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3 years after Beirut port blast, an investigation has gone nowhere

AILSA CHANG, HOST:

Today marks three years since an explosion at a port in Beirut killed more than 220 people and devastated swaths of the capital city. But no senior officials in Lebanon have been prosecuted over the blast, even though they had been warned it could happen. Now victims are searching for other routes to justice. NPR's Ruth Sherlock has this story, with help from journalist Jawad Rizkallah in Beirut. And we want to note that this story contains some disturbing details.

RUTH SHERLOCK, BYLINE: It was one of the largest non-nuclear explosions in recorded history.

(SOUNDBITE OF EXPLOSION)

SHERLOCK: Fire, and then a giant shockwave from Beirut port ripped through the capital city, damaging tens of thousands of homes and wrecking lives.

TANYA DAOU-ALAM: That day, I lost my husband of 20 years.

SHERLOCK: Tanya Daou-Alam says, in the moments after the explosion, herself still bleeding from broken glass, she called out for her husband, Freddy.

DAOU-ALAM: I went to him. He was lying on his stomach. I tried to turn him, and I realized that his throat was cut open from the glass. And he had pierced lungs. So I tried to stop the blood, but I learned later that he was killed on the spot.

SHERLOCK: Daou-Alam is a lawyer, and she's come to a meeting at Lebanon's lawyers syndicate for an update on the investigation into the blast on this third anniversary. But there is little new to say. There has long been evidence that senior leaders, including the then-president and prime minister, failed to act on warnings about the improperly stored ammonium nitrate that caused the explosion. But three years on, no senior official has been prosecuted for this.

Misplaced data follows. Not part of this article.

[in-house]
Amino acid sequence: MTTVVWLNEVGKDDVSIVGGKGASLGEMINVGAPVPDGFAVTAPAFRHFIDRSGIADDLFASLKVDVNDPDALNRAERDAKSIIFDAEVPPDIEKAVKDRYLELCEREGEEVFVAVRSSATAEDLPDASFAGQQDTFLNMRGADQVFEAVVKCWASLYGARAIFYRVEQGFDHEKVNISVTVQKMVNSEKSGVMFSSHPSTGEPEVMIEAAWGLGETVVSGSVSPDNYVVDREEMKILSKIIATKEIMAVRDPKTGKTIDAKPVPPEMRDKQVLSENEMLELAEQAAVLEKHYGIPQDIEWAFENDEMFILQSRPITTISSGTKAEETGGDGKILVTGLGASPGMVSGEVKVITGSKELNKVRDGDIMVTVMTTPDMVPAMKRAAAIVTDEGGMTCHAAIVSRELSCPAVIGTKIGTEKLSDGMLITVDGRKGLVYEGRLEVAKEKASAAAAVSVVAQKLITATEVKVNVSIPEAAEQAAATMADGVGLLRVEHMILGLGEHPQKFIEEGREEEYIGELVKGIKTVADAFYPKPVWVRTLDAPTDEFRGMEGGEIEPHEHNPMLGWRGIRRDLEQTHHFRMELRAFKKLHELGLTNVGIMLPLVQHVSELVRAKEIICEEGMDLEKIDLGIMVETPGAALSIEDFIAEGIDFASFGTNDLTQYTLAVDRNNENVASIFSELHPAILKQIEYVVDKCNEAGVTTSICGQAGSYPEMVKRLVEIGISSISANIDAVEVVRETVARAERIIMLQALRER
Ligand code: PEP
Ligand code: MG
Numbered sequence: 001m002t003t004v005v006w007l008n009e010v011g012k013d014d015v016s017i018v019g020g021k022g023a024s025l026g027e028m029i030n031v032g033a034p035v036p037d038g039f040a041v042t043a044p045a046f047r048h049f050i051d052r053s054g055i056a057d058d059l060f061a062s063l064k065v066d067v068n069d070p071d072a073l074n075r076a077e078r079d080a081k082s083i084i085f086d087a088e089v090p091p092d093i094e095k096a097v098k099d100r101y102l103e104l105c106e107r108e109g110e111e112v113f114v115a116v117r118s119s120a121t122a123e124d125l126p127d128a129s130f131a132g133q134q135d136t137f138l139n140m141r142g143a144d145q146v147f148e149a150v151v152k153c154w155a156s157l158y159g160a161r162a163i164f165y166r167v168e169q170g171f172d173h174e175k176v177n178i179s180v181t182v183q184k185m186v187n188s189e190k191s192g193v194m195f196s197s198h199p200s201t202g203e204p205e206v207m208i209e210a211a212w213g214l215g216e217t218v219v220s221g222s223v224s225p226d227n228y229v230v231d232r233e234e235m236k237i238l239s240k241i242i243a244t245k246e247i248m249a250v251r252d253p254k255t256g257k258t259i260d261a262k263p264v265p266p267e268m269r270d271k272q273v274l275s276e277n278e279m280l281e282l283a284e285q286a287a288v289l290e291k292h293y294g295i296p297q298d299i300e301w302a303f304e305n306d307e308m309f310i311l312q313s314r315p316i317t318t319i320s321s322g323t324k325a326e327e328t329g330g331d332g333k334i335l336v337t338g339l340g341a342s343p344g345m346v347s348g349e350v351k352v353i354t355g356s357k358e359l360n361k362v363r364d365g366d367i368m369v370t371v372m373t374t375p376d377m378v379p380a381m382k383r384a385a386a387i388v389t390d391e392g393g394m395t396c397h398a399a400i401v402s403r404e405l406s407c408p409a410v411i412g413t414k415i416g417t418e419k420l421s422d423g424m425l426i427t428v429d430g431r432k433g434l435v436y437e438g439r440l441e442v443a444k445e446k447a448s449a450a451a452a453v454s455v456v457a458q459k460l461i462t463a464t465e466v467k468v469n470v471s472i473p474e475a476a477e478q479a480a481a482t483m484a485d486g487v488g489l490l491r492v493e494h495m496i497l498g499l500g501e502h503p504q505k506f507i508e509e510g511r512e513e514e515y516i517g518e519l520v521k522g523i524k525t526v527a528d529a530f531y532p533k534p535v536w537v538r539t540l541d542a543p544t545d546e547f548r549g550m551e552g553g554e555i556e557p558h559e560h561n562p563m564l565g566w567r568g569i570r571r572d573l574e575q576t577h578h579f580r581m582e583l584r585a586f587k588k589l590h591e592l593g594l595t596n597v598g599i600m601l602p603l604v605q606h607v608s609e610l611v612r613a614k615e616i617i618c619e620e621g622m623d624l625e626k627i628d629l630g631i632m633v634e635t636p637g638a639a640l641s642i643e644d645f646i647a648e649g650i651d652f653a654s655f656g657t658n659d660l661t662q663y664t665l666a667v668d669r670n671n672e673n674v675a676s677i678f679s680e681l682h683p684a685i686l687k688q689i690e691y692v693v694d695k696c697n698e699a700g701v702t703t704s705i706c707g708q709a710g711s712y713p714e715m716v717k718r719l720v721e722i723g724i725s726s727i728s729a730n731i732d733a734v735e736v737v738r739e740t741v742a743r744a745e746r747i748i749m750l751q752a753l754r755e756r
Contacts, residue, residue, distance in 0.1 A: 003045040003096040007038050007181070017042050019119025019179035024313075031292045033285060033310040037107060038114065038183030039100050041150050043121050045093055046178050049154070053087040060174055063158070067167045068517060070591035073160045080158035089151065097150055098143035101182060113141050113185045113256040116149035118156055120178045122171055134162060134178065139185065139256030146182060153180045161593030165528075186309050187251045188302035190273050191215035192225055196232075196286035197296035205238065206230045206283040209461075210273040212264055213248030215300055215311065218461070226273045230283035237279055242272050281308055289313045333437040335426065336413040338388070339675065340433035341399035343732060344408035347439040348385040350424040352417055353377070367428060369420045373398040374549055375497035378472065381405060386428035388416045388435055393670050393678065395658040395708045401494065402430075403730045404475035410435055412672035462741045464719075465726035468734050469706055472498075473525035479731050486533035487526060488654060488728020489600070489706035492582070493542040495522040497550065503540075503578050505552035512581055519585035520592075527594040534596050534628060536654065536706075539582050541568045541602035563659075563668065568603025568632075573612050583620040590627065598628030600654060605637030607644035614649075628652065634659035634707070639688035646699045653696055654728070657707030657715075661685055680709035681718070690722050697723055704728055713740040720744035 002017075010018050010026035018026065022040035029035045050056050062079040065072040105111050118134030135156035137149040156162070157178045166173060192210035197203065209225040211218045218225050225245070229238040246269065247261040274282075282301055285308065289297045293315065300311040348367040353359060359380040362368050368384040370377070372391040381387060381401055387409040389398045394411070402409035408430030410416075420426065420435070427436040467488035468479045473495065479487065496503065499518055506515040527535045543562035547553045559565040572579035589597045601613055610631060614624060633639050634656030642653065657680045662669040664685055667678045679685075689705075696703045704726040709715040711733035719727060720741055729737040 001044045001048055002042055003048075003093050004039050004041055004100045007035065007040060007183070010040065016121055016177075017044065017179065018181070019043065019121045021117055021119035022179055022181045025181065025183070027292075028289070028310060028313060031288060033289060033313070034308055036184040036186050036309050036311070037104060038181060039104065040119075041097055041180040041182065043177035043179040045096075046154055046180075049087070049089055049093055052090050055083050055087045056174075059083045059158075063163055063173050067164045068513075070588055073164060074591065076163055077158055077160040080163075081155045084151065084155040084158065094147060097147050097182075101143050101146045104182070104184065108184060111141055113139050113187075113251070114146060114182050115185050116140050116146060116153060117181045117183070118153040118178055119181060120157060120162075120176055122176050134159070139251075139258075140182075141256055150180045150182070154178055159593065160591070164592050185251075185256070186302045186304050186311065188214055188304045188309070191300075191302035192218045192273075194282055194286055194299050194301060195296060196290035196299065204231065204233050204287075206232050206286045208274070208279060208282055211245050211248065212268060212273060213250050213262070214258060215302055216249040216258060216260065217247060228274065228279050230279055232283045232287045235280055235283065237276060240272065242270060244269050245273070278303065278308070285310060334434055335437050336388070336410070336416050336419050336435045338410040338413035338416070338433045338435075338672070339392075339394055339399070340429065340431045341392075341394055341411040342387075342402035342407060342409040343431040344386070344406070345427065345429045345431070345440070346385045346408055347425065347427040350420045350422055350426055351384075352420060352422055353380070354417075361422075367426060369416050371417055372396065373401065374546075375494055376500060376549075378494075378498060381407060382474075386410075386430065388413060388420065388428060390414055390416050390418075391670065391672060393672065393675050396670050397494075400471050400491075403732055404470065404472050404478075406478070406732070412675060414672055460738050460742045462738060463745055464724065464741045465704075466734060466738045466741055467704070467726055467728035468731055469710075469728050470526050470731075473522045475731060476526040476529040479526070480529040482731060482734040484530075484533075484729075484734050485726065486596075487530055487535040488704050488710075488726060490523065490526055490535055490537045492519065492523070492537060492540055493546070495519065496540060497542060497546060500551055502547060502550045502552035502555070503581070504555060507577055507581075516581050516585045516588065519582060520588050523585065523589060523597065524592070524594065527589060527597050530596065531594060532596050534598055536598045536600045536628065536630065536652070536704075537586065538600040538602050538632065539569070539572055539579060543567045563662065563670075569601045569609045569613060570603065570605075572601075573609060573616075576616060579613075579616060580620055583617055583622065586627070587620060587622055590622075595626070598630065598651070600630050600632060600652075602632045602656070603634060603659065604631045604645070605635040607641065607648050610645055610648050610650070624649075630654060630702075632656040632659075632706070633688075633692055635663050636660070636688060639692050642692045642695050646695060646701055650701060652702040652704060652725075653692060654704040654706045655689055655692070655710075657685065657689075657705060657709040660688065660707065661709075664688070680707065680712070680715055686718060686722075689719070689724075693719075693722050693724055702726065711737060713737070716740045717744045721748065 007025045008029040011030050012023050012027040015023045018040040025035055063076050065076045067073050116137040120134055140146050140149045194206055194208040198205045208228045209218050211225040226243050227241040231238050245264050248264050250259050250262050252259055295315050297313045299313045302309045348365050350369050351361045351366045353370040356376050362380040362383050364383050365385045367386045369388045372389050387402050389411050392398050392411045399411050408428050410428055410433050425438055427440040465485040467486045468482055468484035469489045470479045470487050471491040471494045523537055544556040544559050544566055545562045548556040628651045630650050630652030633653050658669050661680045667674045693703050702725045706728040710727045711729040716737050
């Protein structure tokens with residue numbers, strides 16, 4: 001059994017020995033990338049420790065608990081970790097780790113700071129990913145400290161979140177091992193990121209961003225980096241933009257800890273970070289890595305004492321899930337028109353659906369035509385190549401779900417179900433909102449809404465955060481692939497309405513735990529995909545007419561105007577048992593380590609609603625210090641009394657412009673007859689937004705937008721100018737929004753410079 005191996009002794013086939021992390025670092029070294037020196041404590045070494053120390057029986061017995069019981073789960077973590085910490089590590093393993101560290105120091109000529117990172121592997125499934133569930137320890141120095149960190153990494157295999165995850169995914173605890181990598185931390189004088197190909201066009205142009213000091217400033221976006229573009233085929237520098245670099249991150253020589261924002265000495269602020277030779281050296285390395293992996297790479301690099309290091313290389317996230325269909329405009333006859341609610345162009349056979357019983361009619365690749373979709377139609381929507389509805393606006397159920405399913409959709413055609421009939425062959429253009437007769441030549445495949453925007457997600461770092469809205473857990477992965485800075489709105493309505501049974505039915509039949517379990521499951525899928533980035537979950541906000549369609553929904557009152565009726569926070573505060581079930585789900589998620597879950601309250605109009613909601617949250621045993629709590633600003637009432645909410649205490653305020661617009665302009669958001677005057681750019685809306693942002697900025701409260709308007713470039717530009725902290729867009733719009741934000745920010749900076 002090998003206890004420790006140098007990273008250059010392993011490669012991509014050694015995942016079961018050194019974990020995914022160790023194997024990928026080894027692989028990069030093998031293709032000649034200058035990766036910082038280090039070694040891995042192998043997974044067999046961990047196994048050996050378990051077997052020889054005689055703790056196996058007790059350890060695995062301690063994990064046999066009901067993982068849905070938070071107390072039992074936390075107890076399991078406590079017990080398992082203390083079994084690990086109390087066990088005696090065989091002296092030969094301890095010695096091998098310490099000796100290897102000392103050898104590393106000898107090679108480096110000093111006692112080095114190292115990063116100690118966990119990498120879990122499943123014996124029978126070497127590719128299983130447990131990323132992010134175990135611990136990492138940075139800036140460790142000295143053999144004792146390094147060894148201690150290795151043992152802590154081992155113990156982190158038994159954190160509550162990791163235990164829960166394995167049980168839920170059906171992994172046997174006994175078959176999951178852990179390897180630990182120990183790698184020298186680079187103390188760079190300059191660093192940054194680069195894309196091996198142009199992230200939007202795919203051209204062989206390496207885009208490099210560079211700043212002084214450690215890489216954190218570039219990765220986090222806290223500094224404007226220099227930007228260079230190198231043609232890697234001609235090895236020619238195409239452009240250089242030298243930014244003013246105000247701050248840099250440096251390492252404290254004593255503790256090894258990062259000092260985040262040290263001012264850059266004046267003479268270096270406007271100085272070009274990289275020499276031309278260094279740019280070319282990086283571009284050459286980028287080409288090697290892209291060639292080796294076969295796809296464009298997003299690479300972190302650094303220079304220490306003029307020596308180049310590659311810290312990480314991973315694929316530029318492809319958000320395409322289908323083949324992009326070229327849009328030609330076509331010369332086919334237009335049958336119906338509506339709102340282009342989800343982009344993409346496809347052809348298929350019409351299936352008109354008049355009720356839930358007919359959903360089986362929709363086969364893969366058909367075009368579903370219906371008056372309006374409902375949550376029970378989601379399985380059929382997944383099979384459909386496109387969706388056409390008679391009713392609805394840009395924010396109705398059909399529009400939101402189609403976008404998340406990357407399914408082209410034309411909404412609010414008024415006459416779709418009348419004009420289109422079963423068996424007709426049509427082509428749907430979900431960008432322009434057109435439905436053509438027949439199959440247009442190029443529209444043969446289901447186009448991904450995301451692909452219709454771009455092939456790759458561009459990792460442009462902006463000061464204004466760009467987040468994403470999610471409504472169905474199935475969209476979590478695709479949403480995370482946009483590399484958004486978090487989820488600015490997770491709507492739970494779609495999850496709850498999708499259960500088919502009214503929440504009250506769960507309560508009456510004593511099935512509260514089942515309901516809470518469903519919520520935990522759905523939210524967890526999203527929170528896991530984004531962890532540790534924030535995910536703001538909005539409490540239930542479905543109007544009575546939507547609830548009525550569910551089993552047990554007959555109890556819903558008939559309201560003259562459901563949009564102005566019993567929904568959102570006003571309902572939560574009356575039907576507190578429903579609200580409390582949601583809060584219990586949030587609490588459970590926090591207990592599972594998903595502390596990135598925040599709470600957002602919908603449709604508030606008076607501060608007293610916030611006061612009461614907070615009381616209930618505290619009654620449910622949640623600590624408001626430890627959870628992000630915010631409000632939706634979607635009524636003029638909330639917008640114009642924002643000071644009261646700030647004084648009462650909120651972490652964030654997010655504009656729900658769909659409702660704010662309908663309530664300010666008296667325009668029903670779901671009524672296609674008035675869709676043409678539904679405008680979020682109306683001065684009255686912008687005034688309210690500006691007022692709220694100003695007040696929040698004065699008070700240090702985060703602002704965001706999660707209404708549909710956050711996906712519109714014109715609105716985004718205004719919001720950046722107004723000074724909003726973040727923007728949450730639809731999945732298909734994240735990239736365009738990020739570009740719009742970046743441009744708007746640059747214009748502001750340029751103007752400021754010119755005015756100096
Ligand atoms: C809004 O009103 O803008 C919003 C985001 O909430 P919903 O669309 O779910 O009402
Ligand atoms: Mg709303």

DAOU-ALAM: The investigation here has been blocked for a long time because of political interference.

SHERLOCK: When Lebanon's lead investigator charged top officials in connection with the explosion, many of those officials tried to dismiss the investigator, effectively freezing the inquiry. This week, some 300 organizations and individuals signed a joint letter to the United Nations Human Rights Council asking for an international fact-finding mission to come and investigate the blast.

LAMA FAKIH: It's something that the international community could do, even without the cooperation of the Lebanese government, to try to advance accountability.

SHERLOCK: Lama Fakih from Human Rights Watch in Beirut says the fact-finding mission could push for answers.

FAKIH: This would result in an official report that would lay out responsibility for the explosion, and it could help to put more pressure on officials in Lebanon to allow the domestic process to move forward. And it could also be used in judicial proceedings in other countries.

SHERLOCK: Some families of the victims have found ways to file lawsuits outside of Lebanon. For example, Lebanese claimants recently won a court case in the U.K. against the chemical trading firm suspected of having owned the ammonium nitrate that caused the explosion near the blast site. Now, bars and restaurants have been rebuilt and are once again full, but this doesn't mean that people have moved on. Tracy Siam (ph) says she can't forget the day of the blast.

TRACY SIAM: So, for me, there is no anniversary. It's a continuation of the same day.

SHERLOCK: And few Lebanese believe they will see justice in their own country unless outside pressure is brought to bear on Lebanon's leaders. Ruth Sherlock, NPR News. Transcript provided by NPR, Copyright NPR.

NPR transcripts are created on a rush deadline by an NPR contractor. This text may not be in its final form and may be updated or revised in the future. Accuracy and availability may vary. The authoritative record of NPR’s programming is the audio record.

Ruth Sherlock is an International Correspondent with National Public Radio. She's based in Beirut and reports on Syria and other countries around the Middle East. She was previously the United States Editor for the Daily Telegraph, covering the 2016 US election. Before moving to the US in the spring of 2015, she was the Telegraph's Middle East correspondent.
Jawad Rizkallah